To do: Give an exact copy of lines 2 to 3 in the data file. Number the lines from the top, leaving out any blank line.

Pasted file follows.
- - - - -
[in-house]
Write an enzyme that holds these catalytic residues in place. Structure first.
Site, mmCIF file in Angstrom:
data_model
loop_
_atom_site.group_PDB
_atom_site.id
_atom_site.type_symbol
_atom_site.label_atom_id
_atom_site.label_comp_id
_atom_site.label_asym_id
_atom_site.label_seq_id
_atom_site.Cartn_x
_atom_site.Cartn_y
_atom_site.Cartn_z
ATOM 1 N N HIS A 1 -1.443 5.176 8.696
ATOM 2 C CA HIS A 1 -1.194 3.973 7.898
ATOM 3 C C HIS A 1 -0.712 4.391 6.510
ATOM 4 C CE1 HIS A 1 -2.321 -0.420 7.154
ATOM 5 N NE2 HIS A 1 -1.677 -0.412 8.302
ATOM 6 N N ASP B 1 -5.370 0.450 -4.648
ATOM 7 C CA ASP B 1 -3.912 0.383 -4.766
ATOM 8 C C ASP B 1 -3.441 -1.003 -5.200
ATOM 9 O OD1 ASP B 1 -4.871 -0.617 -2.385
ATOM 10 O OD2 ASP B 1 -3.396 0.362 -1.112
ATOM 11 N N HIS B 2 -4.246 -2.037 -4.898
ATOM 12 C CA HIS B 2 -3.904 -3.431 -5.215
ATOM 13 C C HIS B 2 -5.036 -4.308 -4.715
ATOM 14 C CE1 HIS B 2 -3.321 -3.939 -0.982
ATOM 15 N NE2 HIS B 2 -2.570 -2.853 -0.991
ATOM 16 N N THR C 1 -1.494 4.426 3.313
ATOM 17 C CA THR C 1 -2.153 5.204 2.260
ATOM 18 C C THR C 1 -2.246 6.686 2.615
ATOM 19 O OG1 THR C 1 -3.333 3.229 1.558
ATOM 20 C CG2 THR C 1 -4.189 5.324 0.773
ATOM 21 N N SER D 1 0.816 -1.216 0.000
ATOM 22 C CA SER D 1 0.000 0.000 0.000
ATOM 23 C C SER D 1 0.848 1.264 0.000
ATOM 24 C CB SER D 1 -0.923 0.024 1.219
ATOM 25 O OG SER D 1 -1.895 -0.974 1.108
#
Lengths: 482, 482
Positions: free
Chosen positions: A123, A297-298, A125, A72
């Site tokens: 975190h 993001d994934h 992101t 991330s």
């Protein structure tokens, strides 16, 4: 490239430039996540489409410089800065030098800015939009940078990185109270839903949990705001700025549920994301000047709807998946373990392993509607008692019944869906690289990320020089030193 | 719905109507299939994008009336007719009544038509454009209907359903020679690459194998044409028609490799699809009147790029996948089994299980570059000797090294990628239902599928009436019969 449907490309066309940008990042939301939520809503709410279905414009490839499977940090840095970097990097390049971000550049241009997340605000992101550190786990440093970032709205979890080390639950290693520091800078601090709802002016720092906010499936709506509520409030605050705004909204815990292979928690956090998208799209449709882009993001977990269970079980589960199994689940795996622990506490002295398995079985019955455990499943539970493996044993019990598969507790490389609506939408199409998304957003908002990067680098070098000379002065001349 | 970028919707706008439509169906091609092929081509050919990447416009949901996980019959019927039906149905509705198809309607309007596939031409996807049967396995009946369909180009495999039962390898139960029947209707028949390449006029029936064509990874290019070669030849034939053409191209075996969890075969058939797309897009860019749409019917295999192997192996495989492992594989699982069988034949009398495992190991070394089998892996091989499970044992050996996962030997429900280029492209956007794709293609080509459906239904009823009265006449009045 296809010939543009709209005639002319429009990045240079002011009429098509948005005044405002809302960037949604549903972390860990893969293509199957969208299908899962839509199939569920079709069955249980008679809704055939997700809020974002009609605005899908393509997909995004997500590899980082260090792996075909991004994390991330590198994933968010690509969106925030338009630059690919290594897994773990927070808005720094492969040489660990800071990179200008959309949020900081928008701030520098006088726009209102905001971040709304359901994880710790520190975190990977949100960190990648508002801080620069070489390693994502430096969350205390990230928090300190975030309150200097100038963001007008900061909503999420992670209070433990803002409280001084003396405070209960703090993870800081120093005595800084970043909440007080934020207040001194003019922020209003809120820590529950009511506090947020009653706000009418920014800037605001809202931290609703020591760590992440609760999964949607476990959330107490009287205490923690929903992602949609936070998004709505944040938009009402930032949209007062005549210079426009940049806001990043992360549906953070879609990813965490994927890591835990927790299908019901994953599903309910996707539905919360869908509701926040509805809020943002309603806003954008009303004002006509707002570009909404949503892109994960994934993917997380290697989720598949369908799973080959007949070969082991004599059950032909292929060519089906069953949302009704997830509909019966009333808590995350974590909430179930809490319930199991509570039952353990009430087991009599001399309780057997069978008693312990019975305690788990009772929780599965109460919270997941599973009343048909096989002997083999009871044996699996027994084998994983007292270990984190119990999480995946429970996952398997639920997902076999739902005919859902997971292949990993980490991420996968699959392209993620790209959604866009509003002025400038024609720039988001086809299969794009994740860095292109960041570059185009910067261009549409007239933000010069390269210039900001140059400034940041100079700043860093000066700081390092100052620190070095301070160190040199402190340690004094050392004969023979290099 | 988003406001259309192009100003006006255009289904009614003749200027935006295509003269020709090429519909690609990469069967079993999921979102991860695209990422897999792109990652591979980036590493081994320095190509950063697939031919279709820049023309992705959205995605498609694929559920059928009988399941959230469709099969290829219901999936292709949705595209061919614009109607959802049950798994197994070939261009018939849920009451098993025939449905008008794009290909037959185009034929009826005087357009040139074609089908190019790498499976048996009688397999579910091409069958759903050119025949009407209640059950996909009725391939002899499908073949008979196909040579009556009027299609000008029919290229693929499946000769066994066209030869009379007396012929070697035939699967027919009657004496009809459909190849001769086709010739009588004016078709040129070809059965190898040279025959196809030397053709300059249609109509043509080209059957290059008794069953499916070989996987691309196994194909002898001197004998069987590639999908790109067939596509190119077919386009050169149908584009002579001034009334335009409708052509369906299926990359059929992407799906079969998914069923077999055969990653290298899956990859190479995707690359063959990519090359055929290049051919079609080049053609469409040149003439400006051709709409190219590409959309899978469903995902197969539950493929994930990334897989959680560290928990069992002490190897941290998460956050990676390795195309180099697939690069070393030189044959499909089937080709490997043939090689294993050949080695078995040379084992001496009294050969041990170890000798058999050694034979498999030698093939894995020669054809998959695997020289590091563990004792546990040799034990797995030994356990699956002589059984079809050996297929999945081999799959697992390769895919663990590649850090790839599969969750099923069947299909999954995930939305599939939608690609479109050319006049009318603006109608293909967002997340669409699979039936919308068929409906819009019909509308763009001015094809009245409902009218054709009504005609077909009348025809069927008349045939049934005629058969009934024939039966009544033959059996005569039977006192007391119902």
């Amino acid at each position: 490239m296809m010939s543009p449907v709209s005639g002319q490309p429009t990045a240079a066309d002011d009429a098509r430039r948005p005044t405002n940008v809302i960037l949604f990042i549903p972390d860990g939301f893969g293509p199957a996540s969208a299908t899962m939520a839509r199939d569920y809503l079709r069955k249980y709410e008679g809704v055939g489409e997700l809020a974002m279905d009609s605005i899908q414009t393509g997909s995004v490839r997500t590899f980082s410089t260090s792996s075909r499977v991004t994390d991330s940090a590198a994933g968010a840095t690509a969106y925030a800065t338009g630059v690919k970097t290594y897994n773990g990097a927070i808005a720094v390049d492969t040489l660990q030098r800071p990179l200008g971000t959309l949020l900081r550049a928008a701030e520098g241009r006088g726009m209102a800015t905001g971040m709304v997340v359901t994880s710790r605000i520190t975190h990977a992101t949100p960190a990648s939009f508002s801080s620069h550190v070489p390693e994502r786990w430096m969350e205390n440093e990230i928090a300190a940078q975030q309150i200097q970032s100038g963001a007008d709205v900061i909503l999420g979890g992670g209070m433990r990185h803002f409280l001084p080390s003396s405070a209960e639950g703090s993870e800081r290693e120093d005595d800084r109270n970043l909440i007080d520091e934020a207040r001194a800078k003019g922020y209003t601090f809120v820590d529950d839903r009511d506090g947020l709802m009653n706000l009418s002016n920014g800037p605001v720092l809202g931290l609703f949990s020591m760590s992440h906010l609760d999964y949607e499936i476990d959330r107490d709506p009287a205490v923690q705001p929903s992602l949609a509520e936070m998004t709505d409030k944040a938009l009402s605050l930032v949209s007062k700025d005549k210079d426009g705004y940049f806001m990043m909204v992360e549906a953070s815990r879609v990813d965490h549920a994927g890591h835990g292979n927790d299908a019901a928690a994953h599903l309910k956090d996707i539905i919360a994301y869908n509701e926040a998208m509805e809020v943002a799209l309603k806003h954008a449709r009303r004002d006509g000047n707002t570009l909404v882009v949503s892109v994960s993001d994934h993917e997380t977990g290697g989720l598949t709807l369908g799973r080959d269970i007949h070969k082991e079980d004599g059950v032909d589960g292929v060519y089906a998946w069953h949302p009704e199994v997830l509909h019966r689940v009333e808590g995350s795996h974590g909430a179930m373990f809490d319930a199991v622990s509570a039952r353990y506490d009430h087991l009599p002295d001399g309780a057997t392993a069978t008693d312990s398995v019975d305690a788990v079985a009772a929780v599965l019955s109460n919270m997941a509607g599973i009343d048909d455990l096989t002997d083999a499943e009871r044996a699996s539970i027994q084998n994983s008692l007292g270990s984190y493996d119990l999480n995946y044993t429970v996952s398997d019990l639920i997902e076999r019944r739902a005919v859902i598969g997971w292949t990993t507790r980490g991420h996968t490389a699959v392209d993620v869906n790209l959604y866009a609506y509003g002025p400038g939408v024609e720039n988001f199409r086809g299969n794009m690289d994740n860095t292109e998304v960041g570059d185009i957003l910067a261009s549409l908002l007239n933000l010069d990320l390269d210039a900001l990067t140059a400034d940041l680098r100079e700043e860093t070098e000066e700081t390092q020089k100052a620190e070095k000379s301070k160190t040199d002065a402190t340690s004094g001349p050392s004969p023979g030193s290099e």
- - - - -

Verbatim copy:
Write an enzyme that holds these catalytic residues in place. Structure first.
Site, mmCIF file in Angstrom: